Zeigt

Sirah Foighel Brutmann and Eitan Efrat

  • 2014
  • Enlarged frame of 16mm film
  • Printed on cotton paper, pigment ink, framed with wood and museum anti-reflective glass
  • 55x71x3 cm
  • No.1 from a series of 3
  • € 350,00

Zeigt

Sirah Foighel Brutmann and Eitan Efrat

  • 2014
  • Enlarged frame of 16mm film
  • Printed on cotton paper, pigment ink, framed with wood and museum anti-reflective glass
  • 55x71x3 cm
  • No.2 from a series of 3
  • € 350,00

Zeigt is a work made of 4 prints (2 of them are for sale here) that show the last frame of a projection of promotional glass slides. These slides, measuring 8.5×8.5cm, were used in cinemas in post-war era in the late 40s and 50s in Saarland (under French rule until 1957 and today Germany). During this time the cinema program started about an hour before the feature film and was composed of newsreels. There were local and national ads as well as the re-education films and Marshal plan films, which were supposed to “educate” the German population on how to live in a so-called US style democracy–capitalism.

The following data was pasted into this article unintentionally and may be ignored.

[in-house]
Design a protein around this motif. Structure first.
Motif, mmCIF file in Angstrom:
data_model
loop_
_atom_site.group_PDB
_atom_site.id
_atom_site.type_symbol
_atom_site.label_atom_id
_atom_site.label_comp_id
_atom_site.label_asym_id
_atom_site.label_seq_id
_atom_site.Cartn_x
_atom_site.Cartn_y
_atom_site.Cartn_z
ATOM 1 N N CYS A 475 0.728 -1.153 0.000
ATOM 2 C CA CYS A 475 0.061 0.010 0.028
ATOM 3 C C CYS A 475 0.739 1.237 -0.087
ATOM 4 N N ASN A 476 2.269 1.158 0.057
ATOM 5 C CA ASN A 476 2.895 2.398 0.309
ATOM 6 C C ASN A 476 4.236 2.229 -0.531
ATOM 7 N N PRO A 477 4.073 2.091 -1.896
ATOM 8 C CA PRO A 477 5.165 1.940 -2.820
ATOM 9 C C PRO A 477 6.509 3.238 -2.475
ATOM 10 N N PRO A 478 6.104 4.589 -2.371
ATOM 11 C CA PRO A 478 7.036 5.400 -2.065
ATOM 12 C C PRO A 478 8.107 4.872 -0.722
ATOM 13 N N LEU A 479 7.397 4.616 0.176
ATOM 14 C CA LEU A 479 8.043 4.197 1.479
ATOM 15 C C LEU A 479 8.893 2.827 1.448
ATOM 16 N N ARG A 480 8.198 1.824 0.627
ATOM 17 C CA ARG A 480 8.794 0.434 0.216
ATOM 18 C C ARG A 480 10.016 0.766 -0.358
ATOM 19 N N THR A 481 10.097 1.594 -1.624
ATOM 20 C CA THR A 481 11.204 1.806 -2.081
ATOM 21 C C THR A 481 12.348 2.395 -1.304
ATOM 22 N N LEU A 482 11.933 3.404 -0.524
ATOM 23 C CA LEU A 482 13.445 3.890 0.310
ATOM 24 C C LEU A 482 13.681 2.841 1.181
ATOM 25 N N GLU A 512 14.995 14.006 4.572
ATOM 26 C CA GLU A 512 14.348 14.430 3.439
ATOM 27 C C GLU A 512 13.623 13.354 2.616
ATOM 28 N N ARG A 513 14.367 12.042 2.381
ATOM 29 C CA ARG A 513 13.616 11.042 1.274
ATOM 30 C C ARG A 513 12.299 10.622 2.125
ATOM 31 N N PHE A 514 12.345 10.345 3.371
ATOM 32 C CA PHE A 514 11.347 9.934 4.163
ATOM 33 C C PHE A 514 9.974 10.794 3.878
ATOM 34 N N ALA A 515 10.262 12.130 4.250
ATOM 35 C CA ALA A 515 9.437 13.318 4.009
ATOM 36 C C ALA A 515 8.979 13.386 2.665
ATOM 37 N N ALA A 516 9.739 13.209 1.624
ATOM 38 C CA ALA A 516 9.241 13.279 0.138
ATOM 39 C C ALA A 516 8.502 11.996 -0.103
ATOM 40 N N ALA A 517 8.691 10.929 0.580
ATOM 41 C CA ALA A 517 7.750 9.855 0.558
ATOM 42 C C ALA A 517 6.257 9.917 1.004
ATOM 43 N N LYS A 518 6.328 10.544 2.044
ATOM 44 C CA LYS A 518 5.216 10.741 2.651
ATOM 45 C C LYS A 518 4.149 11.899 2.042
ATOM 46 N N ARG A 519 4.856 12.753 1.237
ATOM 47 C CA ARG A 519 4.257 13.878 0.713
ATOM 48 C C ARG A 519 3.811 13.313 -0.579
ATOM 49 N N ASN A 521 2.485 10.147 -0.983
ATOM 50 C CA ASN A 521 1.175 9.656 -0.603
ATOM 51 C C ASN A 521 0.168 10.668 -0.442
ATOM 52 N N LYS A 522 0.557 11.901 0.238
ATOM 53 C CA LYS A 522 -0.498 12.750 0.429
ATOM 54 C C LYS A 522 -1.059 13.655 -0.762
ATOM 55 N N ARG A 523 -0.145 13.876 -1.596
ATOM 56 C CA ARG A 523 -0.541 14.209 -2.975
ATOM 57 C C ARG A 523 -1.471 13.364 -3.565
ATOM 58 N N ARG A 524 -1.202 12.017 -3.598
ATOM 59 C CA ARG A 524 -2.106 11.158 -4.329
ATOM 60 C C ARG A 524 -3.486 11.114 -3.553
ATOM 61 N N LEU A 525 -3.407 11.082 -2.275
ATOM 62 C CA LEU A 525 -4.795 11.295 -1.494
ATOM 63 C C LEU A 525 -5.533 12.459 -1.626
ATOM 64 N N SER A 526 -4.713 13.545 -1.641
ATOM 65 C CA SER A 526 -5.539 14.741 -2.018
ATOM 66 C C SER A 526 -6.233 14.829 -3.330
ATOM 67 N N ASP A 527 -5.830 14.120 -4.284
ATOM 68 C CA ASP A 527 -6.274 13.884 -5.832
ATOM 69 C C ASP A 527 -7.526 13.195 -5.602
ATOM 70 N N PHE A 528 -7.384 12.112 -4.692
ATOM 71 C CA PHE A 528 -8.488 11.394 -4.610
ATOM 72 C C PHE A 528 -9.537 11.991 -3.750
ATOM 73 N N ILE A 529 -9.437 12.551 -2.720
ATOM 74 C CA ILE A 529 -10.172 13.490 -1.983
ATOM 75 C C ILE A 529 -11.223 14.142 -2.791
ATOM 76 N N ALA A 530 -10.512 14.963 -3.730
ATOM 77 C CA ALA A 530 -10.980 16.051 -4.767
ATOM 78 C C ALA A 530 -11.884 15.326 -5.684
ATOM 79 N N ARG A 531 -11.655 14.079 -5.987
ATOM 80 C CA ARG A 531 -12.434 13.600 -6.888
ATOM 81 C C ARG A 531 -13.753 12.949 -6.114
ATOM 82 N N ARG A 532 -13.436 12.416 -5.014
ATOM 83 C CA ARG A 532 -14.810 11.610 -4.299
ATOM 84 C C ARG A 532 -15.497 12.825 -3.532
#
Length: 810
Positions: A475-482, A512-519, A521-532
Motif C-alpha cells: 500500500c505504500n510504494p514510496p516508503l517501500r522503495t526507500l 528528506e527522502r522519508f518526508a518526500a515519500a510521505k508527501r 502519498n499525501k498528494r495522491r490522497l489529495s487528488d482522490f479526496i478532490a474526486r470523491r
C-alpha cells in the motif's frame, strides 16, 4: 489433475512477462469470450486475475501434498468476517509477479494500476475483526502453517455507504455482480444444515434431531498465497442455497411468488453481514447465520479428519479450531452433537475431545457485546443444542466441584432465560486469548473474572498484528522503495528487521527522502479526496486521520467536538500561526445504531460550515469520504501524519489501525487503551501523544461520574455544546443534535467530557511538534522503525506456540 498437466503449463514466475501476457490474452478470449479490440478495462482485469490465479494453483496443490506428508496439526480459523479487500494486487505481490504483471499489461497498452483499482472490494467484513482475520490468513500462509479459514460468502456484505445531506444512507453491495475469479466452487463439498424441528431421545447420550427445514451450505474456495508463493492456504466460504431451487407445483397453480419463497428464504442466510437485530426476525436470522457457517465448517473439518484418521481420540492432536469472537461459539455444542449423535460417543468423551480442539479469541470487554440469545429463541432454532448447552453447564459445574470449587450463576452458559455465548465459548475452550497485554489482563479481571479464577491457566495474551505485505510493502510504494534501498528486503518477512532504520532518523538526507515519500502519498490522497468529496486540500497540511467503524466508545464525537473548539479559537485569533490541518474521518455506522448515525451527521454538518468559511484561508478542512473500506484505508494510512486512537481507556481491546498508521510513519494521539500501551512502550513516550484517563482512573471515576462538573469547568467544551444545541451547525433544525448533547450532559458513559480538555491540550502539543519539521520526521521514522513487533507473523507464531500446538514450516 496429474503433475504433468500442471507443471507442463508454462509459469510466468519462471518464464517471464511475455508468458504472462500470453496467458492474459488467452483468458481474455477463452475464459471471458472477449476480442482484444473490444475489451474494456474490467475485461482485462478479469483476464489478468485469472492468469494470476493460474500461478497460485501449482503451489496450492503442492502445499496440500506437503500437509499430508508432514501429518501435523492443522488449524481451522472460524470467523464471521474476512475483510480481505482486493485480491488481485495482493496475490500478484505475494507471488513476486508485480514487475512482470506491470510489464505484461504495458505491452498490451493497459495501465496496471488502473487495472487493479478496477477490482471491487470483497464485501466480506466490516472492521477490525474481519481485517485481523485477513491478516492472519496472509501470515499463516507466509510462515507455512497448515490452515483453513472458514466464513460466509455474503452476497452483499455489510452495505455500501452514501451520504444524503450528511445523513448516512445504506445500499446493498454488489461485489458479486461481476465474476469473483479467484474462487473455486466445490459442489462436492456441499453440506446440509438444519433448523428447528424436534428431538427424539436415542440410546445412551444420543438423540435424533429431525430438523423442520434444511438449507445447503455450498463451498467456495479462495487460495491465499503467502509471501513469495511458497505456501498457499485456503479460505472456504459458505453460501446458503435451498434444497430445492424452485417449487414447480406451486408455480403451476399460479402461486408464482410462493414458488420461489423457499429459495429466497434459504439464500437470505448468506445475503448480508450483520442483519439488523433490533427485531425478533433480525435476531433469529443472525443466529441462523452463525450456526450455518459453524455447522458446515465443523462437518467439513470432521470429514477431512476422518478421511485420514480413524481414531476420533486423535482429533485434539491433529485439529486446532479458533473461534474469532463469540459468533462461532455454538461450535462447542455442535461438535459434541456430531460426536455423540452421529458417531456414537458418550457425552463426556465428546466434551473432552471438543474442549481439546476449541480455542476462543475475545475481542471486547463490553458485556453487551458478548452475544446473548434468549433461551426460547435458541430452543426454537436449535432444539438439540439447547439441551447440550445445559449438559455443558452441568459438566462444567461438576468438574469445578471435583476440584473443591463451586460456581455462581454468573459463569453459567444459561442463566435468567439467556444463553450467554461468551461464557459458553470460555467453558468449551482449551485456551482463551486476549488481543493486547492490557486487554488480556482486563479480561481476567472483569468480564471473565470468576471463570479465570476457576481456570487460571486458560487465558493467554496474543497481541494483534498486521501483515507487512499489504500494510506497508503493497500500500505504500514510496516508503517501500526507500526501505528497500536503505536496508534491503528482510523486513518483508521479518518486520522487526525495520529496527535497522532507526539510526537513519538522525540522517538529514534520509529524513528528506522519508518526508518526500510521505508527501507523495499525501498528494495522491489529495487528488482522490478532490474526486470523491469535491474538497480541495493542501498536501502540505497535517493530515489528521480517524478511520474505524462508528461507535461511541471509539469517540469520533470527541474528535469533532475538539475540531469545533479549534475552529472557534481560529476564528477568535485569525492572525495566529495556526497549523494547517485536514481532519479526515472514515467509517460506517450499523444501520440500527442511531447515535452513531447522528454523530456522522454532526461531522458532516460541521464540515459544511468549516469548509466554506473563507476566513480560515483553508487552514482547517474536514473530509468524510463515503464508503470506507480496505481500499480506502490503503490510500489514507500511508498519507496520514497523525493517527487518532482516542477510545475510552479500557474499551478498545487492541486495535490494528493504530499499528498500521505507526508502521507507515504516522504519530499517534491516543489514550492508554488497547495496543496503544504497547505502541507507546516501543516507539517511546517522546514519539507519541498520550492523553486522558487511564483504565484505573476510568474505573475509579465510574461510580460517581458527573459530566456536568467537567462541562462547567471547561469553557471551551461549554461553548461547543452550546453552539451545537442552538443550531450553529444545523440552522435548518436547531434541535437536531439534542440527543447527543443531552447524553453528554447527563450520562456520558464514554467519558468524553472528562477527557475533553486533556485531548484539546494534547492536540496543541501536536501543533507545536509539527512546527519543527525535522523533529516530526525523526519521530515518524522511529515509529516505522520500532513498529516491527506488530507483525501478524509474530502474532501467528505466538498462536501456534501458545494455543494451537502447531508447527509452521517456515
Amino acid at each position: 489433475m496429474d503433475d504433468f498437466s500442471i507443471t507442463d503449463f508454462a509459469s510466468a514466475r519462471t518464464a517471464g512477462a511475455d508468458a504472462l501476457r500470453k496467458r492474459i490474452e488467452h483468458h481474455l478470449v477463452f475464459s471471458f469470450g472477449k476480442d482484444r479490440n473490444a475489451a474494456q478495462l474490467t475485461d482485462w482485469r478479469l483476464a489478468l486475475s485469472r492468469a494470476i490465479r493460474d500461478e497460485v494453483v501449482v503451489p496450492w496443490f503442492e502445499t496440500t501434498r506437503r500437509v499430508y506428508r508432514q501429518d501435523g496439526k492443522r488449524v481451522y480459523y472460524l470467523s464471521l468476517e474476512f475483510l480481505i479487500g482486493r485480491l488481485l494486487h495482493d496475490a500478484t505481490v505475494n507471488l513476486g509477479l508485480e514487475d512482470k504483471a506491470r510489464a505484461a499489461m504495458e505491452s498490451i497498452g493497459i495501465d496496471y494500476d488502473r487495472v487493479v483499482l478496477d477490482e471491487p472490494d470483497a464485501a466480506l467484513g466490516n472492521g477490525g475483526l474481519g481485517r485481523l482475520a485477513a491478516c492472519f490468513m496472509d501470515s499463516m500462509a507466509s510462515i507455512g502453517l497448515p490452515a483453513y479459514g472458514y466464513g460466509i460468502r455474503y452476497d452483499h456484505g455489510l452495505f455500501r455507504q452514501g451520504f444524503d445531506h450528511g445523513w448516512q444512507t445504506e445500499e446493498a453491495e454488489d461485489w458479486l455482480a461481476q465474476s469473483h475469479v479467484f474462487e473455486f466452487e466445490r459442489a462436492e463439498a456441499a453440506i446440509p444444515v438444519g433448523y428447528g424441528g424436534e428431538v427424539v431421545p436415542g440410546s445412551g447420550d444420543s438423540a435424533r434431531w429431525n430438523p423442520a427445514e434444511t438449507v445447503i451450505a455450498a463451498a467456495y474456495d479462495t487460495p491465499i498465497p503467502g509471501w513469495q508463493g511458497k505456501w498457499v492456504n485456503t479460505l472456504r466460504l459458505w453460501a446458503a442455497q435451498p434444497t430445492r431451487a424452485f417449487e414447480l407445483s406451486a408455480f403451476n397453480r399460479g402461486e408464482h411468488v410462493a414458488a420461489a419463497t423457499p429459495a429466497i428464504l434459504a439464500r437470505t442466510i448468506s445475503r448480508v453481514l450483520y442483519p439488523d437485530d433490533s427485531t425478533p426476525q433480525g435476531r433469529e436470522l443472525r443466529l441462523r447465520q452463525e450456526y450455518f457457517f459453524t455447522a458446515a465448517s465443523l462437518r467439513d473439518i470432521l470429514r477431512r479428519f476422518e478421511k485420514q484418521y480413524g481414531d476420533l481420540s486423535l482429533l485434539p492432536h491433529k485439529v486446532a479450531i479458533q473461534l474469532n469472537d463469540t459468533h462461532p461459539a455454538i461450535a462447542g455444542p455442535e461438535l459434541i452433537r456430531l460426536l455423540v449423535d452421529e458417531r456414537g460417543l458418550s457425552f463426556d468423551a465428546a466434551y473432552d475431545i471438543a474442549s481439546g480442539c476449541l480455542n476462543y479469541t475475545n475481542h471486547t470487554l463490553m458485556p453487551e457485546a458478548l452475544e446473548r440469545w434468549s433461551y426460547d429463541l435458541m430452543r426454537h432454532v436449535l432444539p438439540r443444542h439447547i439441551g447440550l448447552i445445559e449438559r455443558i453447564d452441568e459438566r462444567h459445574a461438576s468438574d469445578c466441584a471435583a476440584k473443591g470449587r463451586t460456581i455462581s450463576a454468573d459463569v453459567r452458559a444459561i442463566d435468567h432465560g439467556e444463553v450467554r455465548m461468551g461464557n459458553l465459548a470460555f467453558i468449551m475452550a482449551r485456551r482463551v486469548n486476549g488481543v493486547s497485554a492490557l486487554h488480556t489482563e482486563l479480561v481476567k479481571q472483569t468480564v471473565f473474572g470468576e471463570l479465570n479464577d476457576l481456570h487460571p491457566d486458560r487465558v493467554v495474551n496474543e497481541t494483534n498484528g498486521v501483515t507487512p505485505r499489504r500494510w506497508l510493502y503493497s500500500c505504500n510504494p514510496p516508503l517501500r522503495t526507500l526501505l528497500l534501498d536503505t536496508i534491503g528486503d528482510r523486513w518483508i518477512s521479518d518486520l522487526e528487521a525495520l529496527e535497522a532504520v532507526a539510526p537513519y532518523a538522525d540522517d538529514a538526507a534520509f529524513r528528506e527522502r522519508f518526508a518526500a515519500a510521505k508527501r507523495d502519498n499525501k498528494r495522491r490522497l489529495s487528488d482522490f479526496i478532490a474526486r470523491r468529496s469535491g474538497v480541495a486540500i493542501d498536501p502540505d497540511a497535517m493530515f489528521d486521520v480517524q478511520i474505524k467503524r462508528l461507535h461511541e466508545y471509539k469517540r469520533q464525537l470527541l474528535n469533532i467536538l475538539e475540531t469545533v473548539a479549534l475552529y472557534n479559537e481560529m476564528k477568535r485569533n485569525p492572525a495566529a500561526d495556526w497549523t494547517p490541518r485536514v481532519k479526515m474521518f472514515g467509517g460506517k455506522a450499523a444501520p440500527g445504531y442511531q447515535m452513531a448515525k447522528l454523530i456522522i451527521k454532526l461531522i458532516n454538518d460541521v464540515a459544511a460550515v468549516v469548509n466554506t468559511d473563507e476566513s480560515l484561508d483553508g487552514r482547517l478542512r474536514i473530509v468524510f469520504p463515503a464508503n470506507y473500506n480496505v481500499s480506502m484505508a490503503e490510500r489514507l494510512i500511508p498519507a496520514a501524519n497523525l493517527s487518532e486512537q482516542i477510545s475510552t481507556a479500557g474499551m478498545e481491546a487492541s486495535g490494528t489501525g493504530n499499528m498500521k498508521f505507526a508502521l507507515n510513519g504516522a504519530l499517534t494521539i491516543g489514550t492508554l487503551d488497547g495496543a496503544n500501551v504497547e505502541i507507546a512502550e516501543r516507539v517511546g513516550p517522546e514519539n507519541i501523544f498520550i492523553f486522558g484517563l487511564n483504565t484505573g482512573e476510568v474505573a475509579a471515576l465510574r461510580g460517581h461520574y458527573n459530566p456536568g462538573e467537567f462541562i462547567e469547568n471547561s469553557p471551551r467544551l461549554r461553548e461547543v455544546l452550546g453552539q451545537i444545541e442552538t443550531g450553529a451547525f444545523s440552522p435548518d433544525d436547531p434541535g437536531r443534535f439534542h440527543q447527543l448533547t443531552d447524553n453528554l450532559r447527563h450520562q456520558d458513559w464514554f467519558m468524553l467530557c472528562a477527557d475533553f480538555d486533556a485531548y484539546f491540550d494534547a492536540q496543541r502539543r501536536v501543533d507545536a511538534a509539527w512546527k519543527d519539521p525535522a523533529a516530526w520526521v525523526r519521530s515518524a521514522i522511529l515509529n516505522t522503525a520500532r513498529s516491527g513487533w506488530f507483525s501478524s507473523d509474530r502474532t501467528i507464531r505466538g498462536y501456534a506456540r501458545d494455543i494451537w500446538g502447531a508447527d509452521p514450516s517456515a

The participation in this highly political space of collective spectatorship was in some cases obligatory, as food stamps were given at the entrance to the theatre.
The slides come from Sirah Foighel Brutmann’s grandmother, Bela Brutmann, a polish refugee who, with her husband, was stopped at the border on her way to Paris and settled in Saarbrücken. She quickly opened a clothing shop, bringing haute couture raincoats from Paris and was the first to sell jeans in the area. The slides promoted that store.